Just two weeks into the dig, the field school has made some new discoveries.
"Based on dates in Greek papyri previously found at Karanis, the city was thought to have been abandoned in the fourth century … but the section we are working on dates from the fourth to the sixth centuries, which expands the occupation of Karanis by approximately two centuries," Wendrich said. "It certainly was rural, but it was also a large town, in which the inhabitants, mostly small landowners, created a comfortable life for themselves."
There are more mysteries to uncover, she added.
"One of the main mysteries is how the city inhabitants were provided with water," Wendrich said. "Karanis lies in the desert at the edge of the Fayum depression, and there were several canals that ran near the town. To date, six bath houses have been identified, but it is as yet unclear how the water from the canals reached the town."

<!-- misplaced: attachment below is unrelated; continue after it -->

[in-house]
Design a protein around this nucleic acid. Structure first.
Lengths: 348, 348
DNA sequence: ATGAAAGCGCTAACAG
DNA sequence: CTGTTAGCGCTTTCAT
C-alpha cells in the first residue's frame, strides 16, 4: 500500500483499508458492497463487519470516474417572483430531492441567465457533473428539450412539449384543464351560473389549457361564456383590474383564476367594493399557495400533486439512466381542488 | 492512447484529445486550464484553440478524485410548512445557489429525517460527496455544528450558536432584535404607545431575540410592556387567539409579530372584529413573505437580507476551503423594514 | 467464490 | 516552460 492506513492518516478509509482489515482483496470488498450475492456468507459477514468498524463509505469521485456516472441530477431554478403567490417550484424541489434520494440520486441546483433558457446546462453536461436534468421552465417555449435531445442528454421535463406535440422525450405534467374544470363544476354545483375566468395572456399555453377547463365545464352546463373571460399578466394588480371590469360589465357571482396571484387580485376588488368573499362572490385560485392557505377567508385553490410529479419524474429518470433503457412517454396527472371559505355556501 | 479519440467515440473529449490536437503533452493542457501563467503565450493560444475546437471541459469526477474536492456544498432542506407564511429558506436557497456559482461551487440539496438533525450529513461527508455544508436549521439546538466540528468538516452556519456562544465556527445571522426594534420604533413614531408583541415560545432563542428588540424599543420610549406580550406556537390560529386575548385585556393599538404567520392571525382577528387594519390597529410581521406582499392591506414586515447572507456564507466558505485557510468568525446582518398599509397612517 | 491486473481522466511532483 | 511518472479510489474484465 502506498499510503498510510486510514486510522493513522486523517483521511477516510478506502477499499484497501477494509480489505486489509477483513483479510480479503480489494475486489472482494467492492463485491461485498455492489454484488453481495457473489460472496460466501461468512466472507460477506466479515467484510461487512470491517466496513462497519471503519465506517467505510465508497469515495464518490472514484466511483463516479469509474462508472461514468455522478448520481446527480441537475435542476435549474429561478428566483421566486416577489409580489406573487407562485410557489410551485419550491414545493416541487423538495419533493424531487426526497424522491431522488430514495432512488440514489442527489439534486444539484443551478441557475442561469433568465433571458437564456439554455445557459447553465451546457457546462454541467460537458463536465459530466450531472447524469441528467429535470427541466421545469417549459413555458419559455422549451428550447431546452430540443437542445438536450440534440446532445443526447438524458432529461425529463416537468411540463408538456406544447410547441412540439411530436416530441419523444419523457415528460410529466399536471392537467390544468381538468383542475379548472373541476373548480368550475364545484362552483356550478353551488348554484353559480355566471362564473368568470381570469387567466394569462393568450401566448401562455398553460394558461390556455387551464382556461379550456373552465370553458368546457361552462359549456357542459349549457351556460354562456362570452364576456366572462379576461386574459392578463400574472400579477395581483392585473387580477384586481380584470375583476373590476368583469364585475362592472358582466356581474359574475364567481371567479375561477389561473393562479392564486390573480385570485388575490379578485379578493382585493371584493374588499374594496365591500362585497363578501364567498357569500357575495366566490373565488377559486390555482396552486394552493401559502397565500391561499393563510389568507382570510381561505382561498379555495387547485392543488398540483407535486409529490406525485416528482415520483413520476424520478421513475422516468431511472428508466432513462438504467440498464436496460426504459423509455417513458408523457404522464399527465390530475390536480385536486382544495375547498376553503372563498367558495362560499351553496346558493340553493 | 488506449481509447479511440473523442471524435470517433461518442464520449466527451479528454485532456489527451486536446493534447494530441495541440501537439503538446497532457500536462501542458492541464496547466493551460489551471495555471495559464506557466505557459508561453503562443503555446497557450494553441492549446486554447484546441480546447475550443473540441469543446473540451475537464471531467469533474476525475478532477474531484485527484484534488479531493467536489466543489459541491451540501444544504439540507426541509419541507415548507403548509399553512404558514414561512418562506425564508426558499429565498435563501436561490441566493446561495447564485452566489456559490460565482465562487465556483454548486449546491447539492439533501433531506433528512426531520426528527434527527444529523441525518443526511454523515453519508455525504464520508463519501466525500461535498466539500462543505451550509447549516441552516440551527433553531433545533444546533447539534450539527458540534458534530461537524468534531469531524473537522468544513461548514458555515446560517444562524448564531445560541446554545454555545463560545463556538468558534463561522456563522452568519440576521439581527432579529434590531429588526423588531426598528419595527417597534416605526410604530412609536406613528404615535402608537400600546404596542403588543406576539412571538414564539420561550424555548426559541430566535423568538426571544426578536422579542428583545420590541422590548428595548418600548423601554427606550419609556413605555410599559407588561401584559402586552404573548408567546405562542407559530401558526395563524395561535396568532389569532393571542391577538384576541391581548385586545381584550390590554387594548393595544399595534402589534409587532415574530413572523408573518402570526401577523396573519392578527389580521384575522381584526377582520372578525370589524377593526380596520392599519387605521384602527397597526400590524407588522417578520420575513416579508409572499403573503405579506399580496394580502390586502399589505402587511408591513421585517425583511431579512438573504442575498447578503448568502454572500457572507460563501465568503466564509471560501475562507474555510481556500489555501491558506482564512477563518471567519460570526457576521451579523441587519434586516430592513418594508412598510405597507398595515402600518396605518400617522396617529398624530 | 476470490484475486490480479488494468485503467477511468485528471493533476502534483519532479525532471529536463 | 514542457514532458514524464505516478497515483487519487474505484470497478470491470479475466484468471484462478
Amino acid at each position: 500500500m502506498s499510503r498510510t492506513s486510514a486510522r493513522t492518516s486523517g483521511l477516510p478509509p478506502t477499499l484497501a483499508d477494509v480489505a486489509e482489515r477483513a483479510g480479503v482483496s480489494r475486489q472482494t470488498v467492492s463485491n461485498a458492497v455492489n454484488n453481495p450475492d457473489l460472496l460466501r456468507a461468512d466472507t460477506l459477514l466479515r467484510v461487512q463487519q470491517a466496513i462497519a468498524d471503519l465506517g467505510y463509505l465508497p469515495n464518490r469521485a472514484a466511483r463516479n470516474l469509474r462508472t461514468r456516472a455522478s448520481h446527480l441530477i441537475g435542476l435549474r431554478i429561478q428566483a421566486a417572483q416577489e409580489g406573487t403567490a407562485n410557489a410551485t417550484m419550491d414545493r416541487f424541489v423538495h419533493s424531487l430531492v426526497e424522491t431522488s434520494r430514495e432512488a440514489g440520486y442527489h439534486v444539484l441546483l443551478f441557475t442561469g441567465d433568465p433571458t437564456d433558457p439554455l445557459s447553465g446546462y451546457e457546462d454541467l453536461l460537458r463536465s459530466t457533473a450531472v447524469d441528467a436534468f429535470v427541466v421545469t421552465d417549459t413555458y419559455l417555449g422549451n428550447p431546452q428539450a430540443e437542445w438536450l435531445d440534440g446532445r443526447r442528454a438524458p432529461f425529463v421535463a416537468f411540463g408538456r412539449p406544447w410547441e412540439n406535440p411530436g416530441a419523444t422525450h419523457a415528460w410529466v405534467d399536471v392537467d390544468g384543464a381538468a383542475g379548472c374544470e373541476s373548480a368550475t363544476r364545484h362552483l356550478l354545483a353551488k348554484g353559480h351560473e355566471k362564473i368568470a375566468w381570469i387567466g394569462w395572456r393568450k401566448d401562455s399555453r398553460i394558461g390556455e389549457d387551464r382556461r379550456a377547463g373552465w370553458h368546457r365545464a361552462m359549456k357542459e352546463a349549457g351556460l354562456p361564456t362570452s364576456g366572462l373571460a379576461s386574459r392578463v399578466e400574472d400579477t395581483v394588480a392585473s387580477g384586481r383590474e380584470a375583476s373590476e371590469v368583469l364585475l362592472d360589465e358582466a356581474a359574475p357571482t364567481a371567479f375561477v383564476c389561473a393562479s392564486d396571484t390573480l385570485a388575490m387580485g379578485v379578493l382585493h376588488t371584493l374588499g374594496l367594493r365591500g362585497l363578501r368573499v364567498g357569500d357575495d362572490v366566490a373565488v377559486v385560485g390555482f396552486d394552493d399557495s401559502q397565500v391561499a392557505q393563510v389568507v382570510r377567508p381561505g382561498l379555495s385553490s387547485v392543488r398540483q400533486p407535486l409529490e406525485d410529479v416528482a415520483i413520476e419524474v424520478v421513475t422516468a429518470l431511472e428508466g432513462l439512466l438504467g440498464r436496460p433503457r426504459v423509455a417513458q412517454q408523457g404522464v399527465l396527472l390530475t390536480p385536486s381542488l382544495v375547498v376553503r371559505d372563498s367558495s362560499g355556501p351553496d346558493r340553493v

Karanis is now believed to have been inhabited from 300 BC to the sixth century. The field school is uncovering plant remains, animal bones, textiles, basketry, leather and fragments of papyrus.
It's all part of the adventure of being in Egypt's first officially sanctioned field school for American undergraduates. See UCLA Egypt Archaeology blog for personal experiences.
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